It is difficult to find a place in your mental latticework to hang the concept of being a Dad.
The 7.6 billion people alive on earth today all had Dads too. Statistically, being a Dad isn’t all that remarkable.
Most of the things you do as a Dad are mundane. Change a nappy, put the baby to sleep, get milk for the baby, clean the babies’ bottle, take the baby to the park, push the baby on the swing…
Emotionally, the fatigue and relentlessness of parenting, dulls your senses. Every moment is followed by another, equally demanding. From the moment you wake up until the moment you fall asleep, there’s something to be done.
What makes understanding the concept of being a Dad difficult is that for all the statistical irrelevance, mundanity and exhaustion, there are moments where it feels miraculous.
There are slivers of time where you can connect with what it means to create and sustain a tiny human life
There is the pull you feel, as inexorable as gravity, to love your child.
It just beams out of you, in a way that comes as a shock when you’ve never had a child before.
I was riding with my two-yeard old to the pool, and from his seat at the back, he said to me, in a full sentence that I had never heard him say before, “I am so excited to go to the pool with you Daddy.”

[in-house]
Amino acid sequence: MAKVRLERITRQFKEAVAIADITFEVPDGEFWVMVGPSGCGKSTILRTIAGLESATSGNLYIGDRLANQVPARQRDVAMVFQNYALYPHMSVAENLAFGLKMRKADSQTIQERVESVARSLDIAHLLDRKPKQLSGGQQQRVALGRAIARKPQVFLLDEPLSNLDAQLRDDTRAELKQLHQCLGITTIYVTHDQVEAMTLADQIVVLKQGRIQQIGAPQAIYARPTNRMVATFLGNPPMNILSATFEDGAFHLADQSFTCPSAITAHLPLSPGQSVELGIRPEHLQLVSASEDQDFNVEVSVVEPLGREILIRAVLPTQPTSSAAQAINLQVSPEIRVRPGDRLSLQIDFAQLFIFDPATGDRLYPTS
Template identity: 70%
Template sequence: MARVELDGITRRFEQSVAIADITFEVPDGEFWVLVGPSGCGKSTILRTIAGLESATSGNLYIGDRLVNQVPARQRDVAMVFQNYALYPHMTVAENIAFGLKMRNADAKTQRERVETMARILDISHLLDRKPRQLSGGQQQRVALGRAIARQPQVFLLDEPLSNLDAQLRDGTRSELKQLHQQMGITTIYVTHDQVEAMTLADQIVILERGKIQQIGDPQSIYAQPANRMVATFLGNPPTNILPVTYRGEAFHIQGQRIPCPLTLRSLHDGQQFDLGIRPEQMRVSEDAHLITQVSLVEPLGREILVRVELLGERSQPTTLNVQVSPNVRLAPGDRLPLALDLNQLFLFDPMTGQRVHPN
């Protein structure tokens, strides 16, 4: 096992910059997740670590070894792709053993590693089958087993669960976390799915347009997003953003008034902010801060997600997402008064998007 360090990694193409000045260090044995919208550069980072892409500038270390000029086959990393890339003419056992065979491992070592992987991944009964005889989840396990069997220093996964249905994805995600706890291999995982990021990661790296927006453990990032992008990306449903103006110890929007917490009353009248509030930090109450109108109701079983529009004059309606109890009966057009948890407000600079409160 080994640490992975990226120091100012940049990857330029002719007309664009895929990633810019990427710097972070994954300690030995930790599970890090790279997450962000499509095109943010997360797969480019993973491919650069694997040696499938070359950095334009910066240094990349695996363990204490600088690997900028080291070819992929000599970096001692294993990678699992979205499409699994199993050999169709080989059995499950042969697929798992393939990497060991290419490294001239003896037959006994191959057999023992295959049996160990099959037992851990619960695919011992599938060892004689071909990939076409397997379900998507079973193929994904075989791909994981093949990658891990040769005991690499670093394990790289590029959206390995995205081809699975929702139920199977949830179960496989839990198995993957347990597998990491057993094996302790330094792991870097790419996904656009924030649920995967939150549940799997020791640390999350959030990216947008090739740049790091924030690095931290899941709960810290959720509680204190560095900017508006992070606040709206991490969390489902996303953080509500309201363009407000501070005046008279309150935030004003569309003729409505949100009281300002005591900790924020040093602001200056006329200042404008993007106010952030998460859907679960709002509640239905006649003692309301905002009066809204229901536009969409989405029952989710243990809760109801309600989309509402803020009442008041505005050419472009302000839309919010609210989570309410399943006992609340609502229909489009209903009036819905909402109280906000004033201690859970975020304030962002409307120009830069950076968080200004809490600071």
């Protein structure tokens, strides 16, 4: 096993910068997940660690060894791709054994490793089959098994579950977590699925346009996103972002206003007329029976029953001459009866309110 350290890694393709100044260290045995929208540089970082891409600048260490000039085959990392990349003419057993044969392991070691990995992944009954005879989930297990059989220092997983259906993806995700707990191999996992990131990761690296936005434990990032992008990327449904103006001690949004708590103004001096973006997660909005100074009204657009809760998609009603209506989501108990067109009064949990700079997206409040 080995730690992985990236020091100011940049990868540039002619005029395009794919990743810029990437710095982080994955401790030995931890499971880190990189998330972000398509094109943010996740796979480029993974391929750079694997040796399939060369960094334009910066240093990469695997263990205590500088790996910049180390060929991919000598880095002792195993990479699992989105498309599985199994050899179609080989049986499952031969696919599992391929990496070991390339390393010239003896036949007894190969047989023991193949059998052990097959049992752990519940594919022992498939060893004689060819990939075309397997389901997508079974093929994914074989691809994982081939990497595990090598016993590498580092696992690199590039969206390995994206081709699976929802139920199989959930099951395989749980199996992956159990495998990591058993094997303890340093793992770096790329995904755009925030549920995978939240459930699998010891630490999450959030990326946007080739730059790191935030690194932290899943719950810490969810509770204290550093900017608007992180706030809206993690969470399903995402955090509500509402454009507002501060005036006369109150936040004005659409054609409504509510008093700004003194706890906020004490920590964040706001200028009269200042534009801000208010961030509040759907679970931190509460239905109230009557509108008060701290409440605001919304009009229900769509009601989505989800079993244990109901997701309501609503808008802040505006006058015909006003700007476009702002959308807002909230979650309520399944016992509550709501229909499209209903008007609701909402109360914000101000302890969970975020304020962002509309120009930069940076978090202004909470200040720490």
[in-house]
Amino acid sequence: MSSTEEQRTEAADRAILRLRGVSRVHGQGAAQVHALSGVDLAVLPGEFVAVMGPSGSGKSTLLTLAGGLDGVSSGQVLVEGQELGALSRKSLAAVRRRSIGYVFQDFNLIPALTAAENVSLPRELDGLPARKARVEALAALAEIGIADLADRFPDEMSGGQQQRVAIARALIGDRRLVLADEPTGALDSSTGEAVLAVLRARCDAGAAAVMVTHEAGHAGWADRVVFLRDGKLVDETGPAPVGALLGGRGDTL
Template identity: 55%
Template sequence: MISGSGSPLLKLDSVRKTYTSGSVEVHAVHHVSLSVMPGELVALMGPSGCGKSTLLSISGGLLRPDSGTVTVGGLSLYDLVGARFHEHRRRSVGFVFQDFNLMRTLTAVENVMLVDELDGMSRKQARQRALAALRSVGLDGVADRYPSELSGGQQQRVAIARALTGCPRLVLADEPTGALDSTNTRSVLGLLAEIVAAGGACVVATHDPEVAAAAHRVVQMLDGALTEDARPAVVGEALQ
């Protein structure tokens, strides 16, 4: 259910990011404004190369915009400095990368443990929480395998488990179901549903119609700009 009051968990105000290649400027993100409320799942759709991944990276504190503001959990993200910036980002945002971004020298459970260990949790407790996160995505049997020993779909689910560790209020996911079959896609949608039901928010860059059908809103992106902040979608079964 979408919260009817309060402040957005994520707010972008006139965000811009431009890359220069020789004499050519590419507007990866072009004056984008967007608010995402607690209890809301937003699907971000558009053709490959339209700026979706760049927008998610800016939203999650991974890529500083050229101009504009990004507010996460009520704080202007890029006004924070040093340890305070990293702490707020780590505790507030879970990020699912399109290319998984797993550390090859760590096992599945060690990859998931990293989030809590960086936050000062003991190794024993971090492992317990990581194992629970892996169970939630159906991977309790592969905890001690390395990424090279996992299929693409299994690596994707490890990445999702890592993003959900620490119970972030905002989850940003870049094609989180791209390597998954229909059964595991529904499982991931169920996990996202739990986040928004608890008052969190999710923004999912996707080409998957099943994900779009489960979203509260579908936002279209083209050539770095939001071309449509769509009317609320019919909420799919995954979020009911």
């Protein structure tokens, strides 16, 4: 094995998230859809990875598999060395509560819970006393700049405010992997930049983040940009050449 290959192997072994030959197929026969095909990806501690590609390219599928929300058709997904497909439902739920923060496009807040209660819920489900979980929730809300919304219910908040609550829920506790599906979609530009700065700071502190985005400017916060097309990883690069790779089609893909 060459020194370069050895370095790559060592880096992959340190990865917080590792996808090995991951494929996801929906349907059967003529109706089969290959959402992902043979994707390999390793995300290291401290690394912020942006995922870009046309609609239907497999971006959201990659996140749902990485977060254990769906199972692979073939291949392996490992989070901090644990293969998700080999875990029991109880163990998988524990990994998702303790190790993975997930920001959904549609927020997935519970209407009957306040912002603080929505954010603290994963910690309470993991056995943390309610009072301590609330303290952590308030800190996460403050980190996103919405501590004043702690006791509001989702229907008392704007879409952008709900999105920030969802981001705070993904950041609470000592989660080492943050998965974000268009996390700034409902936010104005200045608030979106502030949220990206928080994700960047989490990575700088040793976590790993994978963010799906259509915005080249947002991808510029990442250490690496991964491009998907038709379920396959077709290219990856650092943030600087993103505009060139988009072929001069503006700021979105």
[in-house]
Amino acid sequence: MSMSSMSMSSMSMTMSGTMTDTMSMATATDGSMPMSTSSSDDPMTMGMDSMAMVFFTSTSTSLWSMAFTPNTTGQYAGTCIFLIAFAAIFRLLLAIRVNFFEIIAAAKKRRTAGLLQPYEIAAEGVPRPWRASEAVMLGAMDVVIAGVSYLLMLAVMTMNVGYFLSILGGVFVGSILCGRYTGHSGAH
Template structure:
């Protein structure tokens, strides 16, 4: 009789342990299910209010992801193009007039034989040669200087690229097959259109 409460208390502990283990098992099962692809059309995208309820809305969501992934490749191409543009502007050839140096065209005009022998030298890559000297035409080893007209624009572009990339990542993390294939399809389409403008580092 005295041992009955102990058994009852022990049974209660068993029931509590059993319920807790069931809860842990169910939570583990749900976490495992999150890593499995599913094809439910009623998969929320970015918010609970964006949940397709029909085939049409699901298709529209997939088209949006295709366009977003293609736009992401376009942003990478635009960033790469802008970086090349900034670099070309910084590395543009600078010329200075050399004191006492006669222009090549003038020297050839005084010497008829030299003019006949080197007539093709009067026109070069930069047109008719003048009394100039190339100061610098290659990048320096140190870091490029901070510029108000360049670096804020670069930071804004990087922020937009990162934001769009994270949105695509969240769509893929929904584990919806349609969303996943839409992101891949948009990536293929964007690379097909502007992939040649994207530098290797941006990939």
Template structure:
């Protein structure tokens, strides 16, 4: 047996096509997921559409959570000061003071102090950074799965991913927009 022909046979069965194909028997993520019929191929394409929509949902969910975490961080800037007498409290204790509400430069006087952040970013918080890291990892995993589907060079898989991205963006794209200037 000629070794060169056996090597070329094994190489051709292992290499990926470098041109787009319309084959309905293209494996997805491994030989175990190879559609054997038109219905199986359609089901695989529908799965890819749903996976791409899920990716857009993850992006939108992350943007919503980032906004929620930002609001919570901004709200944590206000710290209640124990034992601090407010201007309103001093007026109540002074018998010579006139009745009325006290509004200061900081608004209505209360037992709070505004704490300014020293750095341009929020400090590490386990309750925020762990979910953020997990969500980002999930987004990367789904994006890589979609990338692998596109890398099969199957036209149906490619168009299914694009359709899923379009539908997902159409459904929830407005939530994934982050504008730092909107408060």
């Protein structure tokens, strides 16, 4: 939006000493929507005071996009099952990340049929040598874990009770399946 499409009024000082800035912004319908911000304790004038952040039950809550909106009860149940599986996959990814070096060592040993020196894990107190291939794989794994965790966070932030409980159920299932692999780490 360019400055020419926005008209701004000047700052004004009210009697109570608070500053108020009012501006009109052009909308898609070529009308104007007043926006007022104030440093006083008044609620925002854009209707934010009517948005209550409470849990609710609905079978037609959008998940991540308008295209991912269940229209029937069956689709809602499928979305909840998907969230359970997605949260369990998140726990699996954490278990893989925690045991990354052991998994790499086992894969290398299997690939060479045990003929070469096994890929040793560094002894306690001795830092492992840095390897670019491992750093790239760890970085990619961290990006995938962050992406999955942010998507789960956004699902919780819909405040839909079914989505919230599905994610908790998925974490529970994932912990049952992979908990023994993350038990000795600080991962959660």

And in that instant, I was suspended between the before — getting out the bike and pumping its tyres, packing a bag with sunscreen and a banana and a nappy and a change of clothes and wipes and water, putting his helmet on and his shoes on and convincing him to get into his seat — and the after — where he spent the entire 90 minutes at the pool demanding that I catch him as he jumped in the deep end.
But, in that suspended moment, he was purely excited to go the pool with his Dad.
Those are the moments that are hard to place.
Those are the moments that are hard to explain.
Those are the moments you sit outside yourself, and the churning, gathering flood, and being a Dad feels perfect.
And he’s perfect. Perfect, briefly.